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E05 Bellflower Renovation / 425 Magazine’s Idea House

This remarkable Northwest post and beam home was owner-built in 1961 with classic mid-century influence. Our primary challenge as the second owner-builder was how to renovate and upgrade materials and systems while retaining the integrity of the architecture, unique features and landscape.
E05 Bellflower Renovation / 425 Magazine’s Idea House

Location

Bothell, WA 98012

Bristol Design & Construction

This remarkable Northwest post and beam home was owner-built in 1961 with classic mid-century influence. Our primary challenge as the second owner-builder was how to renovate and upgrade materials and systems while retaining the integrity of the architecture, unique features and landscape.

 

Front Entry Exterior

Inside, everything was removed to framing to allow installation of a Noritz on-demand hot water heater, Unico high-pressure forced air HVAC with heat pump, distributed audio, alarm and Lutron smart lighting system. Walls were moved to resolve poor circulation and removed to create an open plan.  Outside, the irreplaceable hand-split cedar siding was retained and salvaged splintered basalt, matching the existing, was located to complete the wainscot and substantiate the architectural elements.

Backyard
The backyard was cleared of blackberries, revealing a natural hill, where a firepit now sits and a waterfall begins.
A Koi pond and in-ground spa (with a cave and hot waterfall) nestle into its base alongside an Ipe wood deck overlooking the forest below.  Existing trees and old growth bushes were all protected or relocated and native plants were added to the lush landscape.  Permeable stone and wood patios create multiple outdoor living spaces.

With the infrastructure ready for the next half century, we faced the challenge of detailing the home to seamlessly blend the rustic, Pacific Northwest qualities with a stronger mid-century modern influence.  Each design element, material and fixture was selected to integrate holistically.  We continuously asked ourselves these questions:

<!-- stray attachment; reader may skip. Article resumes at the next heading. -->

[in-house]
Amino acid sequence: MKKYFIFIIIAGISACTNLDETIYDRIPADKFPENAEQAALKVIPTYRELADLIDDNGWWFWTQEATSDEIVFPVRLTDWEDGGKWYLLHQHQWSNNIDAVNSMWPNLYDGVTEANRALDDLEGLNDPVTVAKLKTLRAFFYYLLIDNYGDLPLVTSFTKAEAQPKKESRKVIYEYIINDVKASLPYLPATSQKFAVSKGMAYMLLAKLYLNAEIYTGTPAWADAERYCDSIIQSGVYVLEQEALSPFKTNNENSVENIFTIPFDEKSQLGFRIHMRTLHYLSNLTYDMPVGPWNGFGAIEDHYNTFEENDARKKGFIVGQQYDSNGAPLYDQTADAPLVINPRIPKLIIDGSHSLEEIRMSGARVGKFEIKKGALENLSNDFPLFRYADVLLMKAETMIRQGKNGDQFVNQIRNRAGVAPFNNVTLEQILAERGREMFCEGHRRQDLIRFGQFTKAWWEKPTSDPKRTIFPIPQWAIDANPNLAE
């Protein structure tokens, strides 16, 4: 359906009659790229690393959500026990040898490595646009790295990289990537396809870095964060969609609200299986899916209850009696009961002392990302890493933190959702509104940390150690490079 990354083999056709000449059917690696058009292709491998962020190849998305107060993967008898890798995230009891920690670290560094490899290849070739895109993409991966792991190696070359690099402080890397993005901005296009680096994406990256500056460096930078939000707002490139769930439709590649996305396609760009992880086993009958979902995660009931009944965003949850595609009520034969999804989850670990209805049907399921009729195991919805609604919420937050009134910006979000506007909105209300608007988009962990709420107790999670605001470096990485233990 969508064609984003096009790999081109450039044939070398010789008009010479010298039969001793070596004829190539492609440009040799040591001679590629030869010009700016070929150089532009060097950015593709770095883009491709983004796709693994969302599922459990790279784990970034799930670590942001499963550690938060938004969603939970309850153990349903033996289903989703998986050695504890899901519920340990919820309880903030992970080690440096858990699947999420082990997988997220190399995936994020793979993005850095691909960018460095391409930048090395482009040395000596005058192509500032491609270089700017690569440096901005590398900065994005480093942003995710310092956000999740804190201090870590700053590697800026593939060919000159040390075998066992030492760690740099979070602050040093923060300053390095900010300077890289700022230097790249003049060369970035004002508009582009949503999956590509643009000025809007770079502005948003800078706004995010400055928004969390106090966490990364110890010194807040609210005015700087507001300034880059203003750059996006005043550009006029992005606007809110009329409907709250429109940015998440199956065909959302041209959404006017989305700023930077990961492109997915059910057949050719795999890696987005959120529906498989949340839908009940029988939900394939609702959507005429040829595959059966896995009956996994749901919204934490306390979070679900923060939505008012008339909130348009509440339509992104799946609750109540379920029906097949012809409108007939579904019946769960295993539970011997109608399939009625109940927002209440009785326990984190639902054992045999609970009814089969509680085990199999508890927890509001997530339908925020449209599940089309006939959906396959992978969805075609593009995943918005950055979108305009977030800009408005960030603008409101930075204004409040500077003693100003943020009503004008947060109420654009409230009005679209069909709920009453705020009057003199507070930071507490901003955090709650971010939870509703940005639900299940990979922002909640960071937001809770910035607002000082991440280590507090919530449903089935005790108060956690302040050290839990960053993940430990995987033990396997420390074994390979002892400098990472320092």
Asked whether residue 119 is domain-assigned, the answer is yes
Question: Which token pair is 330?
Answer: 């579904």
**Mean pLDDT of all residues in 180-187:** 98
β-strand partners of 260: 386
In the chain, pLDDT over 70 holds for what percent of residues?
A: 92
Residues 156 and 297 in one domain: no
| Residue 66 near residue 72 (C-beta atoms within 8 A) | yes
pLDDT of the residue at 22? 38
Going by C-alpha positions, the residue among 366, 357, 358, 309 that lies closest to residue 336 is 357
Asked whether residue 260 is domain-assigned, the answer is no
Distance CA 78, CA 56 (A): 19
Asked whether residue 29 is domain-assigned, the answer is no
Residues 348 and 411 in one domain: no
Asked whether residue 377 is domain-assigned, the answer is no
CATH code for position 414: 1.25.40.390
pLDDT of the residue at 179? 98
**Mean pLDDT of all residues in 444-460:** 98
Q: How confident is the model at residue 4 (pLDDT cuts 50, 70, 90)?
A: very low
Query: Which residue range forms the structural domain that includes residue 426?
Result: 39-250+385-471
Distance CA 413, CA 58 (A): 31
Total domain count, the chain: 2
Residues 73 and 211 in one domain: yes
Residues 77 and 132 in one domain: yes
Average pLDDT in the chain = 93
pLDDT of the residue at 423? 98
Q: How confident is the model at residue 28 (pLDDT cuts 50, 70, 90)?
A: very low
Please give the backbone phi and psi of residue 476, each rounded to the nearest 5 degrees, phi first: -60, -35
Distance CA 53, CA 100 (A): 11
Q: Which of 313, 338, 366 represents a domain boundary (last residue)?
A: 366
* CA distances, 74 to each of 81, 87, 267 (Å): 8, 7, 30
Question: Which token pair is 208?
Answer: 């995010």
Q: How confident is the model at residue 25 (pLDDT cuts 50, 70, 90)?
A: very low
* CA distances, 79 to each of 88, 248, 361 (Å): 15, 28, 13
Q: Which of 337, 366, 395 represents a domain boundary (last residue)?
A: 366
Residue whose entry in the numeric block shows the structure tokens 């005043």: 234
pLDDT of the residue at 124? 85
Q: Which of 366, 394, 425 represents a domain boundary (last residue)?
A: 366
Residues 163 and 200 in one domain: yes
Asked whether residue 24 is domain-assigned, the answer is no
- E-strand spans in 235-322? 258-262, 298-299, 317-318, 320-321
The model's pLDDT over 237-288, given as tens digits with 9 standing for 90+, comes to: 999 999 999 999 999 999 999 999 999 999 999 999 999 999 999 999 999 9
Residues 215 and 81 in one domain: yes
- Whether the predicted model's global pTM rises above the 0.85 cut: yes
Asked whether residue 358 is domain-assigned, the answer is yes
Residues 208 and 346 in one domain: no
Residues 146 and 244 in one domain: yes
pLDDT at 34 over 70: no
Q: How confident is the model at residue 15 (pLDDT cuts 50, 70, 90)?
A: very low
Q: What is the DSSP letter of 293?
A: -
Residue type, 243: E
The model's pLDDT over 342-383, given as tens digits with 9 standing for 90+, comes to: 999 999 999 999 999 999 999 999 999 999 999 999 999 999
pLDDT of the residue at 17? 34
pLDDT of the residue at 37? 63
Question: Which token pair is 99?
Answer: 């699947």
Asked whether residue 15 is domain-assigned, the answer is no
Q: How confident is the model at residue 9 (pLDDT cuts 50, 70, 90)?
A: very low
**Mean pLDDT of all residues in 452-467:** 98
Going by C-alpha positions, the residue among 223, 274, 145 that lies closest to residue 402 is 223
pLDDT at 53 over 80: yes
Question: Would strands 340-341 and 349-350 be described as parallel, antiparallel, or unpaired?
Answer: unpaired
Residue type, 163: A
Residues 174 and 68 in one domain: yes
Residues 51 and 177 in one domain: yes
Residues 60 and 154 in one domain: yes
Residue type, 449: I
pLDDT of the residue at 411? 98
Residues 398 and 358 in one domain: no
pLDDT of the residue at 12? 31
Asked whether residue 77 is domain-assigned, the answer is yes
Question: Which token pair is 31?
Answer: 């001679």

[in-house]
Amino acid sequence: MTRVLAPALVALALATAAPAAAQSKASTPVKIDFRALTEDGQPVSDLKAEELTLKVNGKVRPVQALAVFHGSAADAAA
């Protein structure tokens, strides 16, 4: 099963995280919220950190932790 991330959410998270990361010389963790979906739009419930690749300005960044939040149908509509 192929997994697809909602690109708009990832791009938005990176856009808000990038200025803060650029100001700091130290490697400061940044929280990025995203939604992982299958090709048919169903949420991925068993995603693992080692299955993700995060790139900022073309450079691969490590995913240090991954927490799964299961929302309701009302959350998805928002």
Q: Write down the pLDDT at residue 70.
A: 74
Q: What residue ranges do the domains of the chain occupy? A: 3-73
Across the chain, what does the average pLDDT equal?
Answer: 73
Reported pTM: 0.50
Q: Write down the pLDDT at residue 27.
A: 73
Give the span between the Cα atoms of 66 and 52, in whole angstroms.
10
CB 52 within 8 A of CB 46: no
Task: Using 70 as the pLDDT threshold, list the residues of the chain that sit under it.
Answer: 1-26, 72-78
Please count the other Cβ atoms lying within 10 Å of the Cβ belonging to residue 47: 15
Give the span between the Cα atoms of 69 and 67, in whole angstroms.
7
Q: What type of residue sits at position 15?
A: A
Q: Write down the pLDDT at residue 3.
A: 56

• Is this Northwest?
  • Is this mid-century?
  • Is this timeless?
  • Is it responsible?
  • Does it function impeccably for our needs and lifestyle?

Yes to all told us we were making great choices, which has led to national recognition, publications and numerous design awards.

100% FSC woods, primarily Quarter-sawn Afromosia and Figured Anigre cabinetry and millwork were used Diningthroughout.  All fabricated locally in our own wood shop with non-gassing plywood.  The Entry column supports a vent-hood that cantilevers above the cook-top and boat shaped island.  A similar column divides the master suite and spins allowing the television to be viewed from the bedroom or bathroom.  Entire walls in the bathrooms and kitchen were tiled with natural stone or handmade tiles- emphasizing the beauty of the materials.

Many custom elements were integrated throughout to maintain cohesion;

The scullery sink, with sliding cutting boards, drying racks and commercial faucet functions beyond expectation- the live edge Dining Room table connects strongly with the heavily wooded exterior- the woven wood living room chaise solved a difficult floor level transition- and the winding stair, supported by a central spine, leads beautifully to the glass walled wine cellar below.

Sustainable Products/Principles:

  • Most people would have considered this home a tear down, rezoned the 3 acres and built 12 spec homes.  By restoring and remodeling the home we kept it out of our landfills and protected the 3 acre heavily forested landscape.  We are actively working against over-developing in this neighborhood to protect the wetlands surrounding it.
  • We use non-gassing Plyron made especially for all of our cabinetry instead of particle board.
  • The irrigation system is connected to a Weather Station and modifies automatically based on precipitation.  Only native plants were selected for the landscape, which over time will establish themselves and require less water.
  • The Taylor Metal Roof is backed with recycled Styrofoam adding insulation and support.
  • The splintered basalt was salvaged from an exterior sculpting company who consider it waste.

Thank you to our vendors:

 

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